Tuesday, October 20, 2009
It's been over a year with no post. Wow! Life has run away with me. I guess I've lost subscribers by the boat load as well.
Well, lots has happened. Firstly, the Lotus is sold. To a Frenchman living near Cambridge, a lovely guy who is perfect for that sort of vehicle - loves to do his own servicing, etc. He has just relocated from the south of France to Cambridgeshire for work.
Secondly (and here's the big one) I finally did it! I used the money to relocate, ironically given who bought the Lotus, to the south of France. So here I am, on the outskirts of Uzes, on the border between Provence and Languedoc-Roussillon, writing my first blog post in flippin' ages!
And what of the Fiat?
It had another marathon haul across Europe. The result of which was a knackered wheel bearing, but never mind. It was an epic performance from the little car and it got me there without issue. I went from Dover, England to Uzes, France in 15 hours. That's not bad in a modern car, never mind in a 1971 Fiat with 15bhp (if you're lucky). My tactic was to slipstream trucks the entire way and it worked well. 0600 start in Dover and rolled up the drive in Uzes at 2300.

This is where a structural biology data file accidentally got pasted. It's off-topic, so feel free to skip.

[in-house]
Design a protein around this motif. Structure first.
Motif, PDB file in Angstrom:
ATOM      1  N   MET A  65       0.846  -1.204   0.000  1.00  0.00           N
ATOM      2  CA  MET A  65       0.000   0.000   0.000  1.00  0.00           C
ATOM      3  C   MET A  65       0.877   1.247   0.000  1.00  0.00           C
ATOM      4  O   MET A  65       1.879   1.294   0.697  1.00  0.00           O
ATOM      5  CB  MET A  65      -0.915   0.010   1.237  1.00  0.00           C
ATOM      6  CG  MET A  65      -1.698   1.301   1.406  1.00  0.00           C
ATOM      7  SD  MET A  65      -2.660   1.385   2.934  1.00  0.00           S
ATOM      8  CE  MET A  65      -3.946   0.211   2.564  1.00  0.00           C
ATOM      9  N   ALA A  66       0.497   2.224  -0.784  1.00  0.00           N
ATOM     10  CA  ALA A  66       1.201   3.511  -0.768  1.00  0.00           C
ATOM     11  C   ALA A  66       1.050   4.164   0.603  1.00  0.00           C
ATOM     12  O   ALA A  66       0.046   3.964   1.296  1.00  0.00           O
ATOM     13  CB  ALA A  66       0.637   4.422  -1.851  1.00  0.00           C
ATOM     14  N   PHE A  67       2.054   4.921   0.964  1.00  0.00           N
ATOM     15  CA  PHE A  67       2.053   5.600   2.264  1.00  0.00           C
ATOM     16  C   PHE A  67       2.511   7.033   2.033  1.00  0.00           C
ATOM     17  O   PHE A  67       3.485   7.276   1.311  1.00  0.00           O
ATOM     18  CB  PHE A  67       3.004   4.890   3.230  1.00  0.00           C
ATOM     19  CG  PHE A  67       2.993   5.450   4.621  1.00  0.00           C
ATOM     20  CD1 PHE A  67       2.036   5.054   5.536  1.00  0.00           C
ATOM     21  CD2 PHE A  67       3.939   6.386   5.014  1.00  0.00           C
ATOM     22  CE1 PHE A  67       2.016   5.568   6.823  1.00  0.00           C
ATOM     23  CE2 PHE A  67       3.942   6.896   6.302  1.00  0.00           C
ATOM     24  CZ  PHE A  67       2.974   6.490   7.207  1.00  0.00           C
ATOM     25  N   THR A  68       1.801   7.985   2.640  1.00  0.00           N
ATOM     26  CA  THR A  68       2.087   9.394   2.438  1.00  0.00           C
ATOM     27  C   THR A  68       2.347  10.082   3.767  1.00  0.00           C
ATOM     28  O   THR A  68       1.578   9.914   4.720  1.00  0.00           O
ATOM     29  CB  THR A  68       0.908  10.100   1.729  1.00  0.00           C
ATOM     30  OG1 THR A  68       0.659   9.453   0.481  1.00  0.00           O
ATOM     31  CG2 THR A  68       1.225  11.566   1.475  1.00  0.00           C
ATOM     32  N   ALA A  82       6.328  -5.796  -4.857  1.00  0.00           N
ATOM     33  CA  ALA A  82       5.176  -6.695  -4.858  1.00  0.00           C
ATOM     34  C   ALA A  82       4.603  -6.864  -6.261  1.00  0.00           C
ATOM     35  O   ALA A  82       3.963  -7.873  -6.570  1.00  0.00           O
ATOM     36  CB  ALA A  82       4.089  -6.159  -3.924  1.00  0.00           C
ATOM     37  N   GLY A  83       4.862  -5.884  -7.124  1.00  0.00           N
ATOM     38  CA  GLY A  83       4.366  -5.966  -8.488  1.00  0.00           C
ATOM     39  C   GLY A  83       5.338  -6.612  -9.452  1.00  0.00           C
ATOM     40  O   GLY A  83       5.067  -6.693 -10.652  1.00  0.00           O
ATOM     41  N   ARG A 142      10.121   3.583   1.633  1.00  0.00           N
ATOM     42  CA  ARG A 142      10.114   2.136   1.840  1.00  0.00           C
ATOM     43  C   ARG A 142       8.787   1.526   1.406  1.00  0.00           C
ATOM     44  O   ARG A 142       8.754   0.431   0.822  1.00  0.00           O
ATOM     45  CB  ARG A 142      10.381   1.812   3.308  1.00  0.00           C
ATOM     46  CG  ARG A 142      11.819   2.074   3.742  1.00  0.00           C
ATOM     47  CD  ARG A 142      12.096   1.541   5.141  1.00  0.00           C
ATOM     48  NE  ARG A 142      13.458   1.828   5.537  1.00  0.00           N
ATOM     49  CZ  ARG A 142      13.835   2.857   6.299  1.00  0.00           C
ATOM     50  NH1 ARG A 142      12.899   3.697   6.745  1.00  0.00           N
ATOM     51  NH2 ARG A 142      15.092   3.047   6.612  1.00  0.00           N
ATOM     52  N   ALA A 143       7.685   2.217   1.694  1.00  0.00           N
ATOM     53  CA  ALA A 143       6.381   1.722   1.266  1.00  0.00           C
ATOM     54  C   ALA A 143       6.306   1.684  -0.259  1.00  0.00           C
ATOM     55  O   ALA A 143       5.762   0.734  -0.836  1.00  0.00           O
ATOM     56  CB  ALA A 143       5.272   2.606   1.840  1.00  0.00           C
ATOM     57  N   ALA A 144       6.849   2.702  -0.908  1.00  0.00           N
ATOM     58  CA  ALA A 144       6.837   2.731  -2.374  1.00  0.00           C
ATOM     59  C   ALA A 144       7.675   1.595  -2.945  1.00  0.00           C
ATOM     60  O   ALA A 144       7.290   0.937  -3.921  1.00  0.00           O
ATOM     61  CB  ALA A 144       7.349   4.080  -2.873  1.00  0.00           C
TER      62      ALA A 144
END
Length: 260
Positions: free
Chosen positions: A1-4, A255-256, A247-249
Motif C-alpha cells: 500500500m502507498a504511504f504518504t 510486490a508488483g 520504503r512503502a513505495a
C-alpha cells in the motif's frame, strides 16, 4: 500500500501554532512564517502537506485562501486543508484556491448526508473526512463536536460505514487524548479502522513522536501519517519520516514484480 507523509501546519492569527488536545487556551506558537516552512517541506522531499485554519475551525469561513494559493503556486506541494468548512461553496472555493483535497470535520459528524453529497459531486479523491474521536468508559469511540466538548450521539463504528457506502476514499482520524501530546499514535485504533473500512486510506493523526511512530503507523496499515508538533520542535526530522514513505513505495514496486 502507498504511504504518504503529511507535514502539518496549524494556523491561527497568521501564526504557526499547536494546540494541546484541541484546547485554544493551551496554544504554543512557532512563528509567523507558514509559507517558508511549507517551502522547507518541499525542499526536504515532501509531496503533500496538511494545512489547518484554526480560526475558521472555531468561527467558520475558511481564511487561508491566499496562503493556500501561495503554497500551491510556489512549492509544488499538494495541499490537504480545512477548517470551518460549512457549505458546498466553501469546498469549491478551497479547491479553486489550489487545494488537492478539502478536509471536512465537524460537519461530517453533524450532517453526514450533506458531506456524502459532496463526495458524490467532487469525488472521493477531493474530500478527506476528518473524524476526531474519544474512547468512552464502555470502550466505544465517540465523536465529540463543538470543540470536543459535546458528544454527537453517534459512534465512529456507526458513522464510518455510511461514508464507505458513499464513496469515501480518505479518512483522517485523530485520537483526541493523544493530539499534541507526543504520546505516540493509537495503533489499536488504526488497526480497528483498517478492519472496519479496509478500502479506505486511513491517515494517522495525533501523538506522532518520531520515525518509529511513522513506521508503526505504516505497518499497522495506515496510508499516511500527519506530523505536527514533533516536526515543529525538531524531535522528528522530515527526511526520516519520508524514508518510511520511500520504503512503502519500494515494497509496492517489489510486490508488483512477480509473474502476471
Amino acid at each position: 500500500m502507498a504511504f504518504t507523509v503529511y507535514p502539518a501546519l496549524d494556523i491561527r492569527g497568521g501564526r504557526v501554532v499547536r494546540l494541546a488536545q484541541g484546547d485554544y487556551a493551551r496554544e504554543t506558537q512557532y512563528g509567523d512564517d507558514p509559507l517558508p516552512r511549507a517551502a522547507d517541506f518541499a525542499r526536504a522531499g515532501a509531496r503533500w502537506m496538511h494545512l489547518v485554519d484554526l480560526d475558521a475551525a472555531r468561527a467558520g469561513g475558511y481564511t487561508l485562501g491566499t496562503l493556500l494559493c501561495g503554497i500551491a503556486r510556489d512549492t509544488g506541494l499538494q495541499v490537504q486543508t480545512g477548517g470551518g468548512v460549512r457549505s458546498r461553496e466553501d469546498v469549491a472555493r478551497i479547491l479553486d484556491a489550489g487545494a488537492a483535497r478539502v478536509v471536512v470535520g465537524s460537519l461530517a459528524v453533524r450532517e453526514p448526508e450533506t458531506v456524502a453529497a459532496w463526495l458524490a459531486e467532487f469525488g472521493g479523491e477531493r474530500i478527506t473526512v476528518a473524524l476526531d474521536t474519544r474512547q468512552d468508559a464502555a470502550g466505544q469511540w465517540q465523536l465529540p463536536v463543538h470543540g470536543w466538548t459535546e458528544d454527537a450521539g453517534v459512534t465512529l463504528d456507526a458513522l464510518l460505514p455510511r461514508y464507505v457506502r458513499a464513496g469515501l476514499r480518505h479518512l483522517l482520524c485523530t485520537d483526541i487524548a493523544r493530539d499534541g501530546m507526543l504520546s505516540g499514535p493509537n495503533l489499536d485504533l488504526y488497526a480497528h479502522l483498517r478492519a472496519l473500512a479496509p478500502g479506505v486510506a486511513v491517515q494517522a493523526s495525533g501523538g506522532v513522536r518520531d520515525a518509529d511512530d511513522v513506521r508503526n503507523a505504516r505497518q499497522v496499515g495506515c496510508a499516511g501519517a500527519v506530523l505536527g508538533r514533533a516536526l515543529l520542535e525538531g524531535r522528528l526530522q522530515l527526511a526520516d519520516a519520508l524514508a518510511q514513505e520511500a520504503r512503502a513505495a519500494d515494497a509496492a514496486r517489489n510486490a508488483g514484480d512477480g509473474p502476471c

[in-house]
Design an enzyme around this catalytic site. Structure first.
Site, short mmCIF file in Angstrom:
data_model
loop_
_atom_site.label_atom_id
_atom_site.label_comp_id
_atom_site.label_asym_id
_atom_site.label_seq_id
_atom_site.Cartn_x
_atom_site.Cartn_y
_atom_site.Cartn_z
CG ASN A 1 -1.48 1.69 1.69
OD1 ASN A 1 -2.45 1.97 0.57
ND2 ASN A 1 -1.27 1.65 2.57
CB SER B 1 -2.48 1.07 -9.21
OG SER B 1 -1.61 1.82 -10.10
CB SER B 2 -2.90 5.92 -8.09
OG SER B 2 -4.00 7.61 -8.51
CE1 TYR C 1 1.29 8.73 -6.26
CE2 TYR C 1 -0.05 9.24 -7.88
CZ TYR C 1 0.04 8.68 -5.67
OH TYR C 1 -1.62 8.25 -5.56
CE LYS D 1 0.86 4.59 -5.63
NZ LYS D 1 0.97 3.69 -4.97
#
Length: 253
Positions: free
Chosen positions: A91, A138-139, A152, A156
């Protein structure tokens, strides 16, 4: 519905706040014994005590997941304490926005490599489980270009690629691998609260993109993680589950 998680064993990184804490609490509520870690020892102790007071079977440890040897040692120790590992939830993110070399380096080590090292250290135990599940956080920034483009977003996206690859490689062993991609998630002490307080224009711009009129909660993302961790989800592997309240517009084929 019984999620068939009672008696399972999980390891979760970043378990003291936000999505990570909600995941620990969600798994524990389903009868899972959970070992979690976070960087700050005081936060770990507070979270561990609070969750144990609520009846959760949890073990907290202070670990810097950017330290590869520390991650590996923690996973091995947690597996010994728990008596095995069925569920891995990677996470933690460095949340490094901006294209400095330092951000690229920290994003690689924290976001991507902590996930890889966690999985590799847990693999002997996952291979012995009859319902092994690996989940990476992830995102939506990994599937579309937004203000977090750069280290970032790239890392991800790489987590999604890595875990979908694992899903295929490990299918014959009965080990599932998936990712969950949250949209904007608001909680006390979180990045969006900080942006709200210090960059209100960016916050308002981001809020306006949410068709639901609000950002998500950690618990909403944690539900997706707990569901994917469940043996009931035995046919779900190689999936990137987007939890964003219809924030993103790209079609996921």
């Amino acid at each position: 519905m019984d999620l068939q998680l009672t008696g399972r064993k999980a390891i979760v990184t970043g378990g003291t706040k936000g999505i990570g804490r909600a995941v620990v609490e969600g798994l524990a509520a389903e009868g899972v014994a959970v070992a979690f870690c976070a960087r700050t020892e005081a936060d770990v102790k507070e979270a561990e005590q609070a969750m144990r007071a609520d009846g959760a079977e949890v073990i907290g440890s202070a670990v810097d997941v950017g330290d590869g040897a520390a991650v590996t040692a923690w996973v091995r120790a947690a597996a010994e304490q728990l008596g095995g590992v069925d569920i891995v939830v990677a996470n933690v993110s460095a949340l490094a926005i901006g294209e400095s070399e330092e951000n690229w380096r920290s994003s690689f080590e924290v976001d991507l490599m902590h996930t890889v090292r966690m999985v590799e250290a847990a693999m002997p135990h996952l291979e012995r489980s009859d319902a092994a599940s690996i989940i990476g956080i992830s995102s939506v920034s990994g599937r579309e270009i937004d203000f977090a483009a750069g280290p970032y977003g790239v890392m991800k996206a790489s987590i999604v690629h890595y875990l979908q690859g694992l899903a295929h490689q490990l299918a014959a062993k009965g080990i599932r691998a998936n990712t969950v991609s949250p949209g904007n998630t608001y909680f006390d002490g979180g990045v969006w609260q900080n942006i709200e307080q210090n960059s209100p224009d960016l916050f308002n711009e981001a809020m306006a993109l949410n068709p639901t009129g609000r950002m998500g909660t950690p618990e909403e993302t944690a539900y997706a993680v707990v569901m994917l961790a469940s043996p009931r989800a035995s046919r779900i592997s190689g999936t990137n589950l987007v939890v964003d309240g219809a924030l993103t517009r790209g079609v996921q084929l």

And I sang loudly most of the way to alleviate the boredom. Stereo? What stereo?
Of course, we now have the hassle of getting the Fiat on to French plates (just declared it as exported to the UK authorities yesterday) so the little car from Milan will, having spent the first 30 years of its life pottering about Italian city streets, have been driven from Italy to London, all over the UK and now back down to the Mediterranean once more.
One of the things the French want, before you can register *any* car in France, is proof of EU type approval. This is ludicrous for cars that were bought in and have never left the EU - what's the point in a common market then? - but there's no telling the French authorities that. Fortunately, wife being Italian and all, we were able to procure a faxed copy of an original Fiat 500 F type approval document from the 1960s, courtesy of one of the Italian Fiat clubs. We read some people have spent hundreds of Euro buying such a document, so count ourselves rather fortunate.
Now all we need to do now (besides a lot of form filling and queueing) is organise a CT (or Controle Technique - the French equivalent of the MoT, the British safety check). After that we'll be all set to get some French plates on this baby, and add the British ones to the mantelpiece, beside the Italian ones that came off it in England.
After we buy a new battery that is. The old one packed up the other day, stranding my wife in town. Fortunately, we are now seasoned classic car owners with tow ropes, jump leads, tools handy and a large-engined Volvo estate for towing things home!